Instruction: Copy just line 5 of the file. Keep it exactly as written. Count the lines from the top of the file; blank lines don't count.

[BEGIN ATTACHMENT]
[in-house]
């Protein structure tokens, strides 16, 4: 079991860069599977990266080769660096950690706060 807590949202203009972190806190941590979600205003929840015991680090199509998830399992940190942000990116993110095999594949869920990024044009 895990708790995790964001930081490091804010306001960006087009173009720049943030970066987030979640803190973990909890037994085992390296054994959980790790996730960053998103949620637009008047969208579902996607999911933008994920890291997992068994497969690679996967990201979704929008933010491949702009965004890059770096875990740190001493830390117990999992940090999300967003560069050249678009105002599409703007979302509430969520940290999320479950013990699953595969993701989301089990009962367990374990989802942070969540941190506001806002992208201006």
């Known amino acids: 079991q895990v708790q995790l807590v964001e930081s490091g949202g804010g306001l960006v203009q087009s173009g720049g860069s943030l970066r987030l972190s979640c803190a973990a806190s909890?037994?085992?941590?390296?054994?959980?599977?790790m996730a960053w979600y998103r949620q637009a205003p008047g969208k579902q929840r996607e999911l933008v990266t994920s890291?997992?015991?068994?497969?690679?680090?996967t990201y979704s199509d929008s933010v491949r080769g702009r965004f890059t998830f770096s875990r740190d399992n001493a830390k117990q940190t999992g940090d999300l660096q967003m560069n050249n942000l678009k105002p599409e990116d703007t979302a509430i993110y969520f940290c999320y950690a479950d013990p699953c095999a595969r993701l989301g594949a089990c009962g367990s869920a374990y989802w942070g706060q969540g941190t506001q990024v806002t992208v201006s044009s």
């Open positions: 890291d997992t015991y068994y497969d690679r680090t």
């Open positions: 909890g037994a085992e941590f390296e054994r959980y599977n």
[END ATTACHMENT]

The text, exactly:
């Open positions: 909890g037994a085992e941590f390296e054994r959980y599977n």